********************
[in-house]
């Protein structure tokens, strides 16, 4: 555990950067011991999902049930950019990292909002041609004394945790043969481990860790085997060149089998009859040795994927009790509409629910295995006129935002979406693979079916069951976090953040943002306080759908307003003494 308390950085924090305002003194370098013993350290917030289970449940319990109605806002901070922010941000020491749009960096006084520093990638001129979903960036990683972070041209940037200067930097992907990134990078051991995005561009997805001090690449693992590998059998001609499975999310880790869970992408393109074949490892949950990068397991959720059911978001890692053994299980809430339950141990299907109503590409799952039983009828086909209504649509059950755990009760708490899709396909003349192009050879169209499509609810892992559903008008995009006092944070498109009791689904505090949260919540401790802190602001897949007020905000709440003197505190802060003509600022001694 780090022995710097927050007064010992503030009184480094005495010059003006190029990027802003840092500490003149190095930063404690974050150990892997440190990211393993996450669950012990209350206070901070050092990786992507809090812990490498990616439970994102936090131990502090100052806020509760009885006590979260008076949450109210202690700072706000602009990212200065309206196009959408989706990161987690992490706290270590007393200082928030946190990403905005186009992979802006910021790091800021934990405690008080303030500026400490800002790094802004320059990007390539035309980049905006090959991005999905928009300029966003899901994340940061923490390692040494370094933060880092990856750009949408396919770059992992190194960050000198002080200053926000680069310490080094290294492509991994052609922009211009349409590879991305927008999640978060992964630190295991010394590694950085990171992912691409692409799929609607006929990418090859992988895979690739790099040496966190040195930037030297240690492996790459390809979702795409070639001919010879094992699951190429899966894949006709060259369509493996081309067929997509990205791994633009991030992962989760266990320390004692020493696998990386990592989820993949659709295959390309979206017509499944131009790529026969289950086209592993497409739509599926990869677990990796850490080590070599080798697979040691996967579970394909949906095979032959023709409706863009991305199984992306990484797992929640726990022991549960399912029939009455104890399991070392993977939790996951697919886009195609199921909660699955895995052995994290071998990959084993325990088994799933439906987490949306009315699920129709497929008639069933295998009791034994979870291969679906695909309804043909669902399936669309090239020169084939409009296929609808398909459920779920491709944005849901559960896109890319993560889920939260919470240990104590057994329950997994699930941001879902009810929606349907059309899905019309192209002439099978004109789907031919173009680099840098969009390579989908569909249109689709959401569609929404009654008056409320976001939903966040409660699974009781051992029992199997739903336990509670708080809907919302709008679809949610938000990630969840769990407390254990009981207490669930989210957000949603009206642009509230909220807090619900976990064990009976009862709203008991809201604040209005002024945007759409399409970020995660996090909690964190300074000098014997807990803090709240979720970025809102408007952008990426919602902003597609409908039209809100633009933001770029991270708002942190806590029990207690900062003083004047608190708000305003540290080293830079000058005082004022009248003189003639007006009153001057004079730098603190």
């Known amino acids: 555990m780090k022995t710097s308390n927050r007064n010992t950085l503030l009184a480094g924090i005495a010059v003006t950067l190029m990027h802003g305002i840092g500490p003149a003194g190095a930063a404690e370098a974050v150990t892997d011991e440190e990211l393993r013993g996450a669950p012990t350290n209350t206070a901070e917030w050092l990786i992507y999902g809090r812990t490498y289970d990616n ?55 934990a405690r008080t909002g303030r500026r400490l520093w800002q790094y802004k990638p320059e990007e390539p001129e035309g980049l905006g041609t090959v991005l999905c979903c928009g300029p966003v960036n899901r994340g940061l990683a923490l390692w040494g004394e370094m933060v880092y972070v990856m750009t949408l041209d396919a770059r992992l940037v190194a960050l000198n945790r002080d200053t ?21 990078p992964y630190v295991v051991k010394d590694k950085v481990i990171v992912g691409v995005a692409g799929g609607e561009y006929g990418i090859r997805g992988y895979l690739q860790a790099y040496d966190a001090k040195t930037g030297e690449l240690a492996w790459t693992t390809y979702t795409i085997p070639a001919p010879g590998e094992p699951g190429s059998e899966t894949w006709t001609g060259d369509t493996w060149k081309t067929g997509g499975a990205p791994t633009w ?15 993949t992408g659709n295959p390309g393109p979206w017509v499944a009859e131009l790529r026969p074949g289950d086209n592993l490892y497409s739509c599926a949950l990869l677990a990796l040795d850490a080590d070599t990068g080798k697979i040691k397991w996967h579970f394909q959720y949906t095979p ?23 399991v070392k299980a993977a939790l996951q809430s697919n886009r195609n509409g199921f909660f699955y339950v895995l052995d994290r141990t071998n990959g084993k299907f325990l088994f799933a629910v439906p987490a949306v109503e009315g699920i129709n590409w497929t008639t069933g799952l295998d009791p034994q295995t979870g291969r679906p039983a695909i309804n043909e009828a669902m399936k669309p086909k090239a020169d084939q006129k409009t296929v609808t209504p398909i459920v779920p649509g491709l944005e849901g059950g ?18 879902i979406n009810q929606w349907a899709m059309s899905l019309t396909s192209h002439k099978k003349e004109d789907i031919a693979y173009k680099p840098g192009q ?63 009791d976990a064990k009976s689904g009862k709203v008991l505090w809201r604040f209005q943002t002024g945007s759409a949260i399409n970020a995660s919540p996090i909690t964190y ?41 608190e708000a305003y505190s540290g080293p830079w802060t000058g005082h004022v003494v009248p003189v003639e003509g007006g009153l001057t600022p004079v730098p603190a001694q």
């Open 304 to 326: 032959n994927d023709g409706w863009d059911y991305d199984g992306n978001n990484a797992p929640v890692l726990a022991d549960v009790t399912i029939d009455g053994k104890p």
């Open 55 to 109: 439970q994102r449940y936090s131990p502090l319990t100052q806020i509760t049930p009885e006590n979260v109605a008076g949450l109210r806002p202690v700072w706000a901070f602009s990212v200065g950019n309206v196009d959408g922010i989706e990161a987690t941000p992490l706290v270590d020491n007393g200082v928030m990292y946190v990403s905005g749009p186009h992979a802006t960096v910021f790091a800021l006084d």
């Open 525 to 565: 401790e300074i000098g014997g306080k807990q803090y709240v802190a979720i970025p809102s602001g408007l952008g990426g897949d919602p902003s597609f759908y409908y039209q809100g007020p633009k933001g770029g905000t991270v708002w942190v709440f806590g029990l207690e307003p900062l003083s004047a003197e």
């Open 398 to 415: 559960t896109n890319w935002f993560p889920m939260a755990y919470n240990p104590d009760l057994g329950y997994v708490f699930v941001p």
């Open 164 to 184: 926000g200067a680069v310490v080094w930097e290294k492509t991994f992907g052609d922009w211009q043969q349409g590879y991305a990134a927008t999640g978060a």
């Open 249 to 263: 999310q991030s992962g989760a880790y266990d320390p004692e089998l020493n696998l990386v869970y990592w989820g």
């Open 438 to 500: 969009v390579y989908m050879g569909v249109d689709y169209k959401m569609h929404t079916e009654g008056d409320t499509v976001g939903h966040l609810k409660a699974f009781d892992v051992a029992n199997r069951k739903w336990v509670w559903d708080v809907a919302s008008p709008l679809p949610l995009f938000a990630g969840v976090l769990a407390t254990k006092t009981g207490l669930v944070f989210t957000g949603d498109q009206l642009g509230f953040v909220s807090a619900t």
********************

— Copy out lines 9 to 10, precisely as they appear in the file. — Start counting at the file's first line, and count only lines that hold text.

């Open 249 to 263: 999310q991030s992962g989760a880790y266990d320390p004692e089998l020493n696998l990386v869970y990592w989820g």
């Open 438 to 500: 969009v390579y989908m050879g569909v249109d689709y169209k959401m569609h929404t079916e009654g008056d409320t499509v976001g939903h966040l609810k409660a699974f009781d892992v051992a029992n199997r069951k739903w336990v509670w559903d708080v809907a919302s008008p709008l679809p949610l995009f938000a990630g969840v976090l769990a407390t254990k006092t009981g207490l669930v944070f989210t957000g949603d498109q009206l642009g509230f953040v909220s807090a619900t």